Demographics of Hungary

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The Demographics of Hungary is the study of the population and people in Hungary.

Population[change | change source]

Nation[change | change source]

Census
year
Population Change
1949 9,204,799
1960 9,961,044 +8.22%
1970 10,322,099 +3.62%
1980 10,709,463 +3.75%
1990 10,374,823 −3.12%
2001 10,198,315 −1.70%
2011 9,937,628 −2.56%

Cities and towns[change | change source]

Budapest is the largest city in Hungary.
Rank City County 2011 census 2020 estimate Change
1 Budapest Budapest 1,733,685 1,750,216 +0.95%
2 Debrecen Hajdú-Bihar 211,340 201,112 −4.84%
3 Szeged Csongrád-Csanád 168,048 160,258 −4.64%
4 Miskolc Borsod-Abaúj-Zemplén 167,754 152,901 −8.85%
5 Pécs Baranya 156,049 141,843 −9.10%
6 Győr Győr-Moson-Sopron 129,527 133,946 +3.41%
7 Nyíregyháza Szabolcs-Szatmár-Bereg 119,746 116,814 −2.45%
8 Kecskemét Bács-Kiskun 111,411 110,373 −0.93%
9 Székesfehérvár Fejér 100,570 96,529 −4.02%
10 Szombathely Vas 78,884 78,591 −0.37%
11 Szolnok Jász-Nagykun-Szolnok 72,953 70,554 −3.29%
12 Érd Pest 63,631 69,431 +9.12%
13 Tatabánya Komárom-Esztergom 67,753 66,141 −2.38%
14 Sopron Győr-Moson-Sopron 60,548 63,065 +4.16%
15 Kaposvár Somogy 66,245 60,656 −8.44%

Ethnic groups[change | change source]

Ethnic groups in Hungary based on the 2011 census.

The most recent census looking at ethnic groups was in 2016.

Population of Hungary in 2016[1]
Ethnic
group
microcensus 2016
Number %
Hungarians 9,632,774 98.3%
Romani 309,632 3.2%
Germans 178,837 1.8%
Romanians 36,506 0.4%
Slovaks 29,794 0.3%
Croats 22,995 0.2%
Russians 21,518 0.2%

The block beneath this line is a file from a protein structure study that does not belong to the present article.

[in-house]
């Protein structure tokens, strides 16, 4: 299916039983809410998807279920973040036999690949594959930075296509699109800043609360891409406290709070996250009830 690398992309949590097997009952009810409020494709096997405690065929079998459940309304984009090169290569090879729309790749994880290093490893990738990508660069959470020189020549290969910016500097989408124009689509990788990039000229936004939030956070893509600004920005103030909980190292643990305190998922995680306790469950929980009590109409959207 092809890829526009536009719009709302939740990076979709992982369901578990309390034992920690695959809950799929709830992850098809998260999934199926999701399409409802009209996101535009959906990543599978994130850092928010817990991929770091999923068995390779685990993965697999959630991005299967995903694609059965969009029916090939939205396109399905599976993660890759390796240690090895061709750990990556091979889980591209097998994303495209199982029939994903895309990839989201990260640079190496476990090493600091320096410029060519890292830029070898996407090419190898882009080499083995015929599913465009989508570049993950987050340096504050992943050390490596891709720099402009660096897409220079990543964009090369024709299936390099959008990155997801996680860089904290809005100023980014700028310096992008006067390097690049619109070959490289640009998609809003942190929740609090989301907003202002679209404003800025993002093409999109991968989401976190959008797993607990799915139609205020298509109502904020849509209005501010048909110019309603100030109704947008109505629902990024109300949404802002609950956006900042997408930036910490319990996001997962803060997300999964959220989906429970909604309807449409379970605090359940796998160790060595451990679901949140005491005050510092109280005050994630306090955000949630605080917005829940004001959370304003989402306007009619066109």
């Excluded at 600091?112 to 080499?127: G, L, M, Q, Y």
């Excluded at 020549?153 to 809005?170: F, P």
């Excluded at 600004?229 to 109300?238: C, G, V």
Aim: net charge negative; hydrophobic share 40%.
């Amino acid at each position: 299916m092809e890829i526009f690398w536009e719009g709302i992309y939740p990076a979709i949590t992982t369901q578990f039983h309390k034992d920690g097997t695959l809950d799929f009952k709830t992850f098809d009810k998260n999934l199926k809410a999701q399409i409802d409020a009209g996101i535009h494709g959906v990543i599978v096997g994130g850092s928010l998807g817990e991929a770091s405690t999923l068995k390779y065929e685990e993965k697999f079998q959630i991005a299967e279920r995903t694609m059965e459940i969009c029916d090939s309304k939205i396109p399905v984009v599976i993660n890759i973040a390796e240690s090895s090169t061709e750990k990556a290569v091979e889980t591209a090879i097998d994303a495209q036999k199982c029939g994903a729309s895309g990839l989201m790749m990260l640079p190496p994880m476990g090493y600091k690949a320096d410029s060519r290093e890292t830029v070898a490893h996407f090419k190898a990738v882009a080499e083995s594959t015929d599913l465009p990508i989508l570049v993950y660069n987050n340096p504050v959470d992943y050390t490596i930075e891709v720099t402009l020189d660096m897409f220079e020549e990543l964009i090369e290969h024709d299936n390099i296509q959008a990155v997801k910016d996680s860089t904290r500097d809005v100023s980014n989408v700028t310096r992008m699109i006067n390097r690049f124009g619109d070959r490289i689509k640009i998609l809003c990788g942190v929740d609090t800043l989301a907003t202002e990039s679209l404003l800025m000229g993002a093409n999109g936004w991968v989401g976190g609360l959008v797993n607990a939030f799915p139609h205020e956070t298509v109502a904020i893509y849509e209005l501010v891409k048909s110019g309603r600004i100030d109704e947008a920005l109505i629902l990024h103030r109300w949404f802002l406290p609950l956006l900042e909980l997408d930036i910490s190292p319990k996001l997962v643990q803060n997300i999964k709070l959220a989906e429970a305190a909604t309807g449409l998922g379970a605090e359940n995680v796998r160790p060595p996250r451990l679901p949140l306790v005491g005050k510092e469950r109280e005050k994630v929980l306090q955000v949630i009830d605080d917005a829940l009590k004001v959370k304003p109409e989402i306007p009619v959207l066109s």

Chinese 15,454 0.2%
Arabs 11,704 0.1%
Serbs 11,127 0.1%
Ukrainians 10,996 0.1%
Poles 8,245 0.08%
Vietnamese 7,304 0.07%
Greeks 4,454 0.05%
Bulgarians 4,022 0.04%
Slovenes 2,700 0.03%
Rusyns 2,342 0.02%
Armenians 2,324 0.02%
Others 26,349 0.3%
Total 9,803,837
  • In this census, people could select many ethnicities. These numbers do not add up to 100.

Romani[change | change source]

The 2011 and 2016 censuses found that the Romani people made up 3.2% of the population. Some estimates say that 7% of the population is Romani. [2] Regardless, they are the largest minority in Hungary.

The Romani people originally came from Northern India around the area of Rajasthan and Punjab.[3]

The county in Hungary with the largest percentage of Romani people is Borsod-Abaúj-Zemplén County. This county is in the north of Hungary and is next to Slovakia.

County Romani population
(2011 census)
%
Borsod-Abaúj-Zemplén County 58,376 8.51%
Szabolcs-Szatmár-Bereg 44,738 8.00%
Nógrád 15,489 7.65%
Heves 19,467 6.30%
Somogy 16,794 5.31%
Jász-Nagykun-Szolnok 19,089 4.94%
Baranya 17,585 4.55%
Tolna 9,072 3.94%
Hajdú-Bihar 18,546 3.39%
Békés 9,541 2.65%
Zala 7,283 2.58%
Bács-Kiskun 11,327 2.18%
Pest 20,719 1.70%
Fejér 6,497 1.53%
Veszprém 5,336 1.51%
Komárom-Esztergom 4,371 1.44%
Csongrád-Csanád 5,006 1.20%
Budapest 20,151 1.17%
Vas 2,685 1.05%
Győr-Moson-Sopron 3,511 0.78%
Total[4] 315,583 3.18 %

Germans[change | change source]

Germans are the third largest ethnic group in Hungary. The county with the largest percentage of Germans is Baranya with 6.1% according to the 2011 census.

Languages[change | change source]

Religions[change | change source]

Related pages[change | change source]

References[change | change source]

  1. Vukovich, Gabriella (2018). Mikrocenzus 2016 - 12. Nemzetiségi adatok [2016 microcensus - 12. Ethnic data] (PDF). Hungarian Central Statistical Office (in Hungarian). Budapest. ISBN 978-963-235-542-9. Retrieved 9 January 2019.
  2. "Anger grows in Hungary over anti-Roma article". The Guardian. London. 8 January 2013.
  3. Hancock, Ian F. (2005) [2002]. We are the Romani People. Univ of Hertfordshire Press. p. 70. ISBN 978-1-902806-19-8: ‘While a nine century removal from India has diluted Indian biological connection to the extent that for some Romani groups, it may be hardly representative today, Sarren (1976:72) concluded that we still remain together, genetically, Asian rather than European’CS1 maint: postscript (link)
  4. "Hungarian Central Statistical Office". Ksh.hu. 2014-04-14. Retrieved 2016-05-21.